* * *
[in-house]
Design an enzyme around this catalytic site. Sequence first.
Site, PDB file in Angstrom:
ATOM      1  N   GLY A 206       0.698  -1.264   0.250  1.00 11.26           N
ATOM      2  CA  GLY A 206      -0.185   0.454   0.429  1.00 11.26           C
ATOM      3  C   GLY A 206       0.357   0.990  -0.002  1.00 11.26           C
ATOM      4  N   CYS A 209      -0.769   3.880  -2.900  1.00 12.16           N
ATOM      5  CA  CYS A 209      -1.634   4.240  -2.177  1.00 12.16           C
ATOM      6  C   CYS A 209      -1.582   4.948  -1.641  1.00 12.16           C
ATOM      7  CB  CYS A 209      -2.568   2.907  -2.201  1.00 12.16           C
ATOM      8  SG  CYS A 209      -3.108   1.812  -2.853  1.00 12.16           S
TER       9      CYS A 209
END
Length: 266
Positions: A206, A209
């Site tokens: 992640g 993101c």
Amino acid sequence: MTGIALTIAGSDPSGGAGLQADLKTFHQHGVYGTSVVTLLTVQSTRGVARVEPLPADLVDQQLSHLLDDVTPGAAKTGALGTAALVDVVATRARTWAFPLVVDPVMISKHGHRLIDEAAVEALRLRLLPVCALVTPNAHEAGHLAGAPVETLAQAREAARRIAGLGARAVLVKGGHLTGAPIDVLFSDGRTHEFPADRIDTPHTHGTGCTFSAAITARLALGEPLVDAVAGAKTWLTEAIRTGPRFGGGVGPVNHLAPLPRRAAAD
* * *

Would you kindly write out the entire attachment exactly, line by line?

[in-house]
Design an enzyme around this catalytic site. Sequence first.
Site, PDB file in Angstrom:
ATOM      1  N   GLY A 206       0.698  -1.264   0.250  1.00 11.26           N
ATOM      2  CA  GLY A 206      -0.185   0.454   0.429  1.00 11.26           C
ATOM      3  C   GLY A 206       0.357   0.990  -0.002  1.00 11.26           C
ATOM      4  N   CYS A 209      -0.769   3.880  -2.900  1.00 12.16           N
ATOM      5  CA  CYS A 209      -1.634   4.240  -2.177  1.00 12.16           C
ATOM      6  C   CYS A 209      -1.582   4.948  -1.641  1.00 12.16           C
ATOM      7  CB  CYS A 209      -2.568   2.907  -2.201  1.00 12.16           C
ATOM      8  SG  CYS A 209      -3.108   1.812  -2.853  1.00 12.16           S
TER       9      CYS A 209
END
Length: 266
Positions: A206, A209
């Site tokens: 992640g 993101c």
Amino acid sequence: MTGIALTIAGSDPSGGAGLQADLKTFHQHGVYGTSVVTLLTVQSTRGVARVEPLPADLVDQQLSHLLDDVTPGAAKTGALGTAALVDVVATRARTWAFPLVVDPVMISKHGHRLIDEAAVEALRLRLLPVCALVTPNAHEAGHLAGAPVETLAQAREAARRIAGLGARAVLVKGGHLTGAPIDVLFSDGRTHEFPADRIDTPHTHGTGCTFSAAITARLALGEPLVDAVAGAKTWLTEAIRTGPRFGGGVGPVNHLAPLPRRAAAD